One of the criticisms aired in the Israeli media is that the ability of immigration authorities to filter out criminal elements suffers from confusion as to who is responsible for doing so. The Forward asked the Jewish Agency and the Interior Ministry which of them is in charge, and each said the other. When Interior Ministry spokeswoman Sabine Hadad was told that the Jewish Agency said the buck stops with her ministry, she replied: “I know they do — so what?”
Further complicating the picture is the fact that people who fear they will raise suspicions at Jewish Agency offices in the Diaspora often take another route. “A lot of people who have problems making aliyah are coming first and then making aliyah,” said Hadad, meaning that they move to Israel first and then later apply for citizenship under the Law of Return. She added that once in Israel, “it is difficult to tell them to leave,” and said that being asked to leave rarely happens. Teitel is one of those who took the route of applying for citizenship once in Israel.
Theoretically, procedures for those applying for citizenship when already living in Israel are stricter than for those applying from the Diaspora, and applicants are meant to provide police records. But, in practice, this requirement is often waived — and Hadad was unable to confirm whether Teitel provided records.
For Sheetrit, proposals such as Horovitz’s to establish who is responsible and introduce comprehensive checks are simply not enough. He wants anybody who wishes to immigrate to do so on a trial basis for five years and then, if they pass muster, to be granted citizenship.
Sheetrit, who himself was born in Morocco and immigrated to Israel as a child, told the Forward that according to his plan, Israel would create a waiting period for potential citizens similar to those in Europe and the United States. In the five-year period, during which people would be granted residency, authorities could check into applicants’ backgrounds. Applicants would also be expected to study Israeli law and learn Hebrew. At the end of the period they would be assessed on all these criteria, and if an assessment committee gives its approval, they would then become citizens.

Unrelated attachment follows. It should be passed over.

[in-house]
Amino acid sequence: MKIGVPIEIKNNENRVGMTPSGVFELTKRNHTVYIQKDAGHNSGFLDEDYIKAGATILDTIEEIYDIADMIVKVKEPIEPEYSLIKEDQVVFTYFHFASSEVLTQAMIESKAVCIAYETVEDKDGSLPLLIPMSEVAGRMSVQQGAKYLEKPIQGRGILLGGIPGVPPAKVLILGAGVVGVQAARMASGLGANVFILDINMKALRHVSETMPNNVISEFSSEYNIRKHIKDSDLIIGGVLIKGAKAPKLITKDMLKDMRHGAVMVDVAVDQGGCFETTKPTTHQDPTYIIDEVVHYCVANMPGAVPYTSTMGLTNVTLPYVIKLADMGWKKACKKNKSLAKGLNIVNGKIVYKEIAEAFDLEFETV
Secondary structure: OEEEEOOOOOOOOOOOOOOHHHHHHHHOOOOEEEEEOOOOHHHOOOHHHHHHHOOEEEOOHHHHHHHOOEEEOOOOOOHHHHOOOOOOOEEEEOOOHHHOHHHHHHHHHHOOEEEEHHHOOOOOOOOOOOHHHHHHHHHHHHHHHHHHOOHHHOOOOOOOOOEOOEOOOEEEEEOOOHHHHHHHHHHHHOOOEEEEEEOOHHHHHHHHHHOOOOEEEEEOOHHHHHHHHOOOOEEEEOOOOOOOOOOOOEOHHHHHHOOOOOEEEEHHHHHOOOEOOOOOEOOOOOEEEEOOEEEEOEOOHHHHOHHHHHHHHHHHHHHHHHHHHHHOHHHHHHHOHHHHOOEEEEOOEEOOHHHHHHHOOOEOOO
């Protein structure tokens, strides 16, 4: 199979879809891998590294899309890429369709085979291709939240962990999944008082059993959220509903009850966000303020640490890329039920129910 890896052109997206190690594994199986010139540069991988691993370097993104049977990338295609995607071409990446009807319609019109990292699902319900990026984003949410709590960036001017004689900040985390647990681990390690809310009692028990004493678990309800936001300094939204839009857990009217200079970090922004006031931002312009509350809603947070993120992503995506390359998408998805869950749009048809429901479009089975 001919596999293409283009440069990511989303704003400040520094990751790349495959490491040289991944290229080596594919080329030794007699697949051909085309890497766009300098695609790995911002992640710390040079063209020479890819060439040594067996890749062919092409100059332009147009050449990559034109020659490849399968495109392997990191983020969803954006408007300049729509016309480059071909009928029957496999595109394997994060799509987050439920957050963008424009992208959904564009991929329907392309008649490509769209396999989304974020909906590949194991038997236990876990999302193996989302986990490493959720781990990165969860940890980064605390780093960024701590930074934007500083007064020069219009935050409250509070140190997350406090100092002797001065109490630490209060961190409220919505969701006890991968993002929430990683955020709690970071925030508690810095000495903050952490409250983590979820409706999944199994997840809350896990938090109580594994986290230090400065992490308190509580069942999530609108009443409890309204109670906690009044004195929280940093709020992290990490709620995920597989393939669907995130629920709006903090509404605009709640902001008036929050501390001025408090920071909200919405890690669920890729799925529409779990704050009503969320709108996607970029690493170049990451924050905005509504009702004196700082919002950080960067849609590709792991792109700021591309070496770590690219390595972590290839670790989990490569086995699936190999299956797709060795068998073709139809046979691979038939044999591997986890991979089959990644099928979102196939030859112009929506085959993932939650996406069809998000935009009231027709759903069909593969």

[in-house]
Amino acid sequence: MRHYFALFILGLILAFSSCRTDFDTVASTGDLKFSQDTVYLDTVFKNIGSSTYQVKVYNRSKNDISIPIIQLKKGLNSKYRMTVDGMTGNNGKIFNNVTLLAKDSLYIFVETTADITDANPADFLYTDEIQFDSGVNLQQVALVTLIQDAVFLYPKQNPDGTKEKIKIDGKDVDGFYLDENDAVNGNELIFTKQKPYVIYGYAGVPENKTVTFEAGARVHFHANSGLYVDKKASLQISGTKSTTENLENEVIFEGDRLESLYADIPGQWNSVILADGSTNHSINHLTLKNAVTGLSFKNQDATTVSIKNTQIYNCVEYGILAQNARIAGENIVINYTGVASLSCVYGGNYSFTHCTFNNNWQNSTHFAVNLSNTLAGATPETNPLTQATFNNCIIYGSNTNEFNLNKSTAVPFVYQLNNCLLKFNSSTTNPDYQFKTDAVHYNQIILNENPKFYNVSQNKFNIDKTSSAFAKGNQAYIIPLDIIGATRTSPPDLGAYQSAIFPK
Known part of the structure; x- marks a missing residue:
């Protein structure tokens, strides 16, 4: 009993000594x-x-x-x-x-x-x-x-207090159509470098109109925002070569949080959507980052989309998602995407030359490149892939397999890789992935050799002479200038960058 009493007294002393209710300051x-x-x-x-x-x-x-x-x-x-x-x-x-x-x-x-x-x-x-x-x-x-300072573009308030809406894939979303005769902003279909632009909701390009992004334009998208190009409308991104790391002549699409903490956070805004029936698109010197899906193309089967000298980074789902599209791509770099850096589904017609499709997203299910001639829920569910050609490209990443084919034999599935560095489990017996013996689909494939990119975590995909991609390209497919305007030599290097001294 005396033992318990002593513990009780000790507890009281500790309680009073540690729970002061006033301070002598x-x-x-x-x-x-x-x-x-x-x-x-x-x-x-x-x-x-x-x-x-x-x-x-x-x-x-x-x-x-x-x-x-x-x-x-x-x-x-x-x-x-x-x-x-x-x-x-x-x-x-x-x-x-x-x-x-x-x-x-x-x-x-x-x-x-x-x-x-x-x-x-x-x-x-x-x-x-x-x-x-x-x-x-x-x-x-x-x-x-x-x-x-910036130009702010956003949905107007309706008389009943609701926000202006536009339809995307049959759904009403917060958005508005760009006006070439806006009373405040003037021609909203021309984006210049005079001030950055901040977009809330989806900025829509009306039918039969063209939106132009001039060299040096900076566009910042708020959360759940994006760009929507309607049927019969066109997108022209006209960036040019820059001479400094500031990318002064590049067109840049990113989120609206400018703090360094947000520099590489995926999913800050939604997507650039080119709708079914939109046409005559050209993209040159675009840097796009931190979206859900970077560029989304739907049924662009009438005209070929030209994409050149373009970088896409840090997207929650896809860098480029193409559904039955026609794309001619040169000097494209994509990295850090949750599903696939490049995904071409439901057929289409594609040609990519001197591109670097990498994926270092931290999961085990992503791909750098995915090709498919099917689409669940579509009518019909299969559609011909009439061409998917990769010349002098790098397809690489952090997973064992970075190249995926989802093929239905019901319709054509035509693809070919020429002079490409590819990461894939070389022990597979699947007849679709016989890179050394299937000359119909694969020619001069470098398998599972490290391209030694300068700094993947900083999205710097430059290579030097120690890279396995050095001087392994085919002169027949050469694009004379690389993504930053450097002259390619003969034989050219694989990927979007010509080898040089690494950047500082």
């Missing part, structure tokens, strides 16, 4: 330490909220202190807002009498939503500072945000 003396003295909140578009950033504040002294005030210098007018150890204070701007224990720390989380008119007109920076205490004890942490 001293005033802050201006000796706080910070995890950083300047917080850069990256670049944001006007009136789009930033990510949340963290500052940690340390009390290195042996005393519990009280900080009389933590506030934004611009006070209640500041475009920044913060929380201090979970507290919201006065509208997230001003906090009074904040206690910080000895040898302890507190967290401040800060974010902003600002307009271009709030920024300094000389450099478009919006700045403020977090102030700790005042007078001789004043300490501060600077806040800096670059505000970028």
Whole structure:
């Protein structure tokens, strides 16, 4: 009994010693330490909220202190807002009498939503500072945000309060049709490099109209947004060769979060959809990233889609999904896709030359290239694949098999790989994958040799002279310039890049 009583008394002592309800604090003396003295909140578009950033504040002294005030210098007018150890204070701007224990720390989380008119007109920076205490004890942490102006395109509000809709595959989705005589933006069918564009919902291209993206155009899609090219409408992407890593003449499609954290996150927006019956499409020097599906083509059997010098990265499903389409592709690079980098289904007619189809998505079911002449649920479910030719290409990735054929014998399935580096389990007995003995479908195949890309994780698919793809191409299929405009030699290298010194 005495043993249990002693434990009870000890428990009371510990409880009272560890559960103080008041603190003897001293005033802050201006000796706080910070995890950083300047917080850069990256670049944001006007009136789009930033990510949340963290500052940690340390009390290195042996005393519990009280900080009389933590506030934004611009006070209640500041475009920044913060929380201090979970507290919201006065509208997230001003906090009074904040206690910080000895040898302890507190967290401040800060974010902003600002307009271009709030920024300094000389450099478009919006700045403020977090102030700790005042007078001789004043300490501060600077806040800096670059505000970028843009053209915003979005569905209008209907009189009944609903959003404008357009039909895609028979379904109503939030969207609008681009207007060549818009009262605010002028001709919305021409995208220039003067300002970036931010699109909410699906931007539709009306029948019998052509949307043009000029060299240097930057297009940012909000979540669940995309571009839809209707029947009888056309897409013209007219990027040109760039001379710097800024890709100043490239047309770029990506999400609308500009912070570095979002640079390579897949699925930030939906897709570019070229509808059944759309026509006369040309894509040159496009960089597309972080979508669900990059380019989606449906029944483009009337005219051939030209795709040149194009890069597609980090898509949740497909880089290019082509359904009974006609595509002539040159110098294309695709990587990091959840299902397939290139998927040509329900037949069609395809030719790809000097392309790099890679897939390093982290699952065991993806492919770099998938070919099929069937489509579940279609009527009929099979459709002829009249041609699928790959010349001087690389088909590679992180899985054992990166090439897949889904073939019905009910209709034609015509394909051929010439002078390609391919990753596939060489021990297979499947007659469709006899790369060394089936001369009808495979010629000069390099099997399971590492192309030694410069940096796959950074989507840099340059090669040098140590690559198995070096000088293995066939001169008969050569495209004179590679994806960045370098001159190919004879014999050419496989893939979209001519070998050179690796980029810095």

“The State of Israel needs to start acting like a state and not like a committee of a Jewish community,” Sheetrit told the Forward.
Immigrant and Absorption Minister Sofa Landver, a Yisrael Beiteinu lawmaker who was born in Russia and made aliyah in 1979, reacted to the plan, and to the calls to introduce more careful checking of immigrants, with fury. “All of the talk about the supposed need to ‘toughen up checks into potential immigrants’ and to ‘place a checkpoint before the immigration of murders,’ and even to change the Law of Return, it is nothing more than pathetic and racist expressions that draw a parallel between the origins of an entire public and their alleged criminal inclinations,” she told local media.
Jankelowitz was similarly critical when questioned by the Forward. “Because of these two extreme cases, it doesn’t mean we should make the lives of potential immigrants a misery,” he said, adding that the Jewish Agency has been working to reduce its legendarily bureaucratic procedures. “There are enough checks and balances in the system. Everyone complains that Israel is bureaucratic, and now people want Israel to introduce more bureaucracy!”
Bobby Brown, an adviser on Diaspora affairs to Benjamin Netanyahu during his previous stint as prime minister and then to his successor, Ehud Barak, said that any changes to immigration procedures would be a “slippery slope” toward undermining the principle of blanket eligibility for aliyah and would constitute a “chill factor” that reduces immigration applications.
Contact Nathan Jeffay at firstname.lastname@example.org